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New security systems significantly raise eastern border construction costs

Construction work at Estonia's eastern border in spring 2023.
Construction work at Estonia's eastern border in spring 2023. Source: Leevi Lillemäe/ERR

Adding new surveillance and drone detection systems to Estonia's eastern to meet the changing security situation means significantly raising the cost of constructing the eastern border fence.

Approximately €150 million is allocated for the development, expansion and maintenance of Estonia's eastern border. Almost €60 million has been spent on construction so far. 

While the project is on track, Thursday's "Aktuaalne kaamera" reported, new technology is pushing up the price.

"Even today, there are activities and technical tools that are not covered by the budget. We are constantly working with the Ministry of the Interior to map and look for ways to find space for these in the budget," said Merle Tikk, the Police and Border Guard Board's (PPA) construction project manager.

"We see that additional resources would be needed to build up surveillance capabilities and – looking at the trends that are happening in the security world today – undoubtedly also to build up drone detection and counter-drone capabilities."

The majority of Estonia's eastern border runs through the River Narva and Lake Peispi. Source: Ministry of Interior.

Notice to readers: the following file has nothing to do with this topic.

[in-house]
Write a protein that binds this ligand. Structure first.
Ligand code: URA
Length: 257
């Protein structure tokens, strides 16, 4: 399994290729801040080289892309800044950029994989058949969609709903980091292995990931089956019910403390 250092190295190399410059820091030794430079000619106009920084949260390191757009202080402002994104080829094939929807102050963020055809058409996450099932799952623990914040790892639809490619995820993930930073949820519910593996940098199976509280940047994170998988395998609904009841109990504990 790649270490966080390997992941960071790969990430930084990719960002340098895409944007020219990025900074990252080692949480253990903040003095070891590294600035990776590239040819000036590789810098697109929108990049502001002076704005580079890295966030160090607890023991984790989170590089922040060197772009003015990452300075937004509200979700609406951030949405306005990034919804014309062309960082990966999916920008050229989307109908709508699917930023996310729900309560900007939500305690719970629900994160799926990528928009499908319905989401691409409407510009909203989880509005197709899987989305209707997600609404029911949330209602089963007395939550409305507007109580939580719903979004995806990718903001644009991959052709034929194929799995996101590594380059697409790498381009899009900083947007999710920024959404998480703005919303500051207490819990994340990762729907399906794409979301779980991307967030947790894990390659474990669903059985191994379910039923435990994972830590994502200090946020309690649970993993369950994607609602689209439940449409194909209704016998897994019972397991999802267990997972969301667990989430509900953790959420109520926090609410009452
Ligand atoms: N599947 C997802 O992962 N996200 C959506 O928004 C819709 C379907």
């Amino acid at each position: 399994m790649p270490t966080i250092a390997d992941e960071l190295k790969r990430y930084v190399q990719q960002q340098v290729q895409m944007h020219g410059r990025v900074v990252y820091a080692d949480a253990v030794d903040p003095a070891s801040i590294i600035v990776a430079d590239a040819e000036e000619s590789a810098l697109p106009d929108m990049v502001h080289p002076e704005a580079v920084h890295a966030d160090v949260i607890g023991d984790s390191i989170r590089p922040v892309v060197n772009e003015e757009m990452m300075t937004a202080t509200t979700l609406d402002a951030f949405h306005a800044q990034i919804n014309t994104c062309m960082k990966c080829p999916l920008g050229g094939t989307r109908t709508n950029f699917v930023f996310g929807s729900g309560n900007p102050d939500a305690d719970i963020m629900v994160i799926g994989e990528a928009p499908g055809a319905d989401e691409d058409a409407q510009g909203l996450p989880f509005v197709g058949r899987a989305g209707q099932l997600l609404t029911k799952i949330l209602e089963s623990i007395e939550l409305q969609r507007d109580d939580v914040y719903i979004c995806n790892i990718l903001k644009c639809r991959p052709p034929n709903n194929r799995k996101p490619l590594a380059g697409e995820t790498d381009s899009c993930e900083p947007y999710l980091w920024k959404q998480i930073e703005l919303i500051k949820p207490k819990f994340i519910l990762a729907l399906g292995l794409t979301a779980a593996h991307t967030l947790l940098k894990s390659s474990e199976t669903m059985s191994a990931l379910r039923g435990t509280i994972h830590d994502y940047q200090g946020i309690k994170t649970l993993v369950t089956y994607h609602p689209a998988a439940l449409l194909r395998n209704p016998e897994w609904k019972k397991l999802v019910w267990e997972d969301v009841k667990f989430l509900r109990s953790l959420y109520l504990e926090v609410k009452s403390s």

By the end of 2023, nearly 60 kilometers of the land border are expected to be completed. The PPA believes constructing roads on the control line is an important aspect.

"We are able to patrol along the border with means of transport. In the past there were places that were impassable on foot in certain seasons with an ATV, sled in winter or on foot. Today it is much easier to guard the border and we are able to get there much faster," said Meelis Saarepuu, head of PPA's Southern Border Guard Office.

Border construction started in 2020 and is expected to be completed in 2025. It will cover 115 km of the Estonian-Russian border.

The is 338.6 km long in total and 135 km of it is located on land, in difficult terrain and forested area, while 76 km is in the Narva River and 127 km runs through Lake Peipsi.


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Editor: Marko Tooming, Helen Wright

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